West Windsor Fire Chief Mike Spackman waves to the crowd on Wednesday. Photos by Katy Savage

Volunteer firefighters celebrated in West Windsor Fourth parade


Submitted 4 months ago

The town honored West Windsor Volunteer Fire Department’s 60th anniversary during the annual Independence Day celebration on Wednesday. 

About 100 people attended the parade and activities along Brownsville-Hartland Road, which included a library book sale, live music, lemonade, ice cream and smoothies prepared by area organizations and a flea market.

The parade’s theme this year was “60 years of answering the call.” 

During the parade on Wednesday, Joseph Ouelette, who has served all 60 years with the fire department, was presented with a plaque for his service.

Ouelette, 89, moved to West Windsor from Claremont, N.H., the year before the department was organized. He served actively until two years ago, when he was made an honorary member.

“We just liked the little town and wanted to do what we could,” said his wife Polly Ouelette, who is now treasurer of the fire department. “You’re very close in a small town.”

Joe Ouelette received a plaque for his years of service.


Jim Kenyon, another lifetime firefighter, rode in a convertible with Ouelette during the parade while Fire Chief Mike Spackman marched in a suit despite the 95-degree weather.

“You don’t think of how stuff creeps up on you so fast,” said Spackman, who has been fire chief for 33 years.

The fire department started in 1958 after a group of citizens pitched the idea at a town meeting following a number of fires that year.

The department purchased its first truck for $10,000 in 1964. Now, the fire department has four trucks and an all-terrain vehicle. West Windsor purchased a new tanker truck for $309,000  in March.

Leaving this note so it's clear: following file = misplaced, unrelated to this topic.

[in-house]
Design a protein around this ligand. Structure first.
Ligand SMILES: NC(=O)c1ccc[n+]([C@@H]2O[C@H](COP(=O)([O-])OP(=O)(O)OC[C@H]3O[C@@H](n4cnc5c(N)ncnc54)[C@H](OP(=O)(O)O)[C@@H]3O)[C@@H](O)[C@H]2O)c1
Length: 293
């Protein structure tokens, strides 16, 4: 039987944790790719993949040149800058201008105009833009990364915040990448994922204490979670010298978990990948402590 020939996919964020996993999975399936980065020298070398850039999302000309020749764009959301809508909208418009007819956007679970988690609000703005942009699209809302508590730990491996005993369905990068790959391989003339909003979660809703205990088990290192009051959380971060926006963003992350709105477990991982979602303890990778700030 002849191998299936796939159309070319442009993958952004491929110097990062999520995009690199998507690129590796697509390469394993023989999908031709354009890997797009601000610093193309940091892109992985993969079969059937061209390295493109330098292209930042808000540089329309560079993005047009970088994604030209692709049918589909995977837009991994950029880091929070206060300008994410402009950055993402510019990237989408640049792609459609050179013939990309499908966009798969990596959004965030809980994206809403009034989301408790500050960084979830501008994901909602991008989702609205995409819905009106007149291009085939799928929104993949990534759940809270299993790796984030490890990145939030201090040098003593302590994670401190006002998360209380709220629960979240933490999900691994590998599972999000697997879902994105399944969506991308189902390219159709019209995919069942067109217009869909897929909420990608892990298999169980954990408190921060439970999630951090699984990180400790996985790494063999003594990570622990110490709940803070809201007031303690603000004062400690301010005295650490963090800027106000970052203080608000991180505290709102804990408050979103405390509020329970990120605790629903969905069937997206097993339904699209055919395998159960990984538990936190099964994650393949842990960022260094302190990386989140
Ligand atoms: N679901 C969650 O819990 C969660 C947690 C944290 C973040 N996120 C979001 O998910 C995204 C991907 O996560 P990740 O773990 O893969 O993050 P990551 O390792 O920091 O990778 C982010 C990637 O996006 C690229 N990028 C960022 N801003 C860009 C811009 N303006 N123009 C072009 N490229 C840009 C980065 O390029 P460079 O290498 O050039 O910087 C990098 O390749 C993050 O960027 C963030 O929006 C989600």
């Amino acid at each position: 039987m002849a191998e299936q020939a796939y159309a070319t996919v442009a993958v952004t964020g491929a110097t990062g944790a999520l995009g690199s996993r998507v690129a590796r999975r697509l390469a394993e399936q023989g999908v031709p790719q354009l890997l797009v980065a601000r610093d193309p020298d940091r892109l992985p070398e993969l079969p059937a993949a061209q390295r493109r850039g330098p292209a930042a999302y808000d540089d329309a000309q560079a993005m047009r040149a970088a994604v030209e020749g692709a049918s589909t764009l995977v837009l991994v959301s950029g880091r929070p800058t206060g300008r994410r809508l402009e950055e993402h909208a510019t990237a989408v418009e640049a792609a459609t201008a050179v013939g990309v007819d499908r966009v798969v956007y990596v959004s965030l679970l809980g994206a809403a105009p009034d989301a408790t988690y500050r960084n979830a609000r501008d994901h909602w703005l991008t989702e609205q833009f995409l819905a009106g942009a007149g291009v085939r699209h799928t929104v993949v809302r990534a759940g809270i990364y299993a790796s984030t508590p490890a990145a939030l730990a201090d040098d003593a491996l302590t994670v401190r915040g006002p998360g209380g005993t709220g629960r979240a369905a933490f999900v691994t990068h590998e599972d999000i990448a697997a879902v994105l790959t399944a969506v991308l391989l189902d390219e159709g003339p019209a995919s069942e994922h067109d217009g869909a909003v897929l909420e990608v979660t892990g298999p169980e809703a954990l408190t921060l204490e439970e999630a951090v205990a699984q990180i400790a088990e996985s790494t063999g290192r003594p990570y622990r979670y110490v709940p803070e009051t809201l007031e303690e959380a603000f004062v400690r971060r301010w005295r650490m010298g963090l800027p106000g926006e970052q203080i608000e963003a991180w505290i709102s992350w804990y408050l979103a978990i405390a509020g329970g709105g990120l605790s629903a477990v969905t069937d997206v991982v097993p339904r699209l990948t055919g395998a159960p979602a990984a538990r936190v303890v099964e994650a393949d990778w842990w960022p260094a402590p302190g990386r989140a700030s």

“It’s come a long way,” said Spackman. “The town is super supportive.”

Spackman, 55, joined the fire department at age 18. He became chief at age 24, making him one of the youngest fire chiefs in Vermont at the time. Spackman plans to retire as chief next April.

“It’s humbling in a way to think, in the 60 years I’ve been involved for almost two-thirds of it,” he said. “I feel that I’ve met most of my goals with where I want the fire department to be.”

There are 15 active volunteer firefighters currently. They respond to about one call a week in West Windsor and surrounding towns. 

Like other volunteers, Spackman has continued to serve to be there for others.

“I just want to help people,” he said.

The fire department used two ladders to hang an American flag above the fire station on Wednesday to celebrate Independence Day. An official celebration for the fire department’s 60th anniversary is scheduled Aug. 12 with an open house at the fire station and grilled food. 

The West Windsor selectboard as the three wise monkeys. They hear no evil, see no evil, and speak no evil.


While some parade attendees didn’t show up because of the heat wave, many braved the weather.

“It’s the first time my shoes have ever melted on the blacktop,” said Tom Kenyon, one of the parade organizers.

Following the parade’s success, Kenyon was thinking of other changes in Brownsville and West Windsor. Kenyon looked at the backdrop of Mount Ascutney, the ski area the town recently purchased to boost recreation and tourism following its closure in 2010 during the recession due to bankruptcy.

“Things are looking up in Brownsville,” he said.

-- KATY SAVAGE
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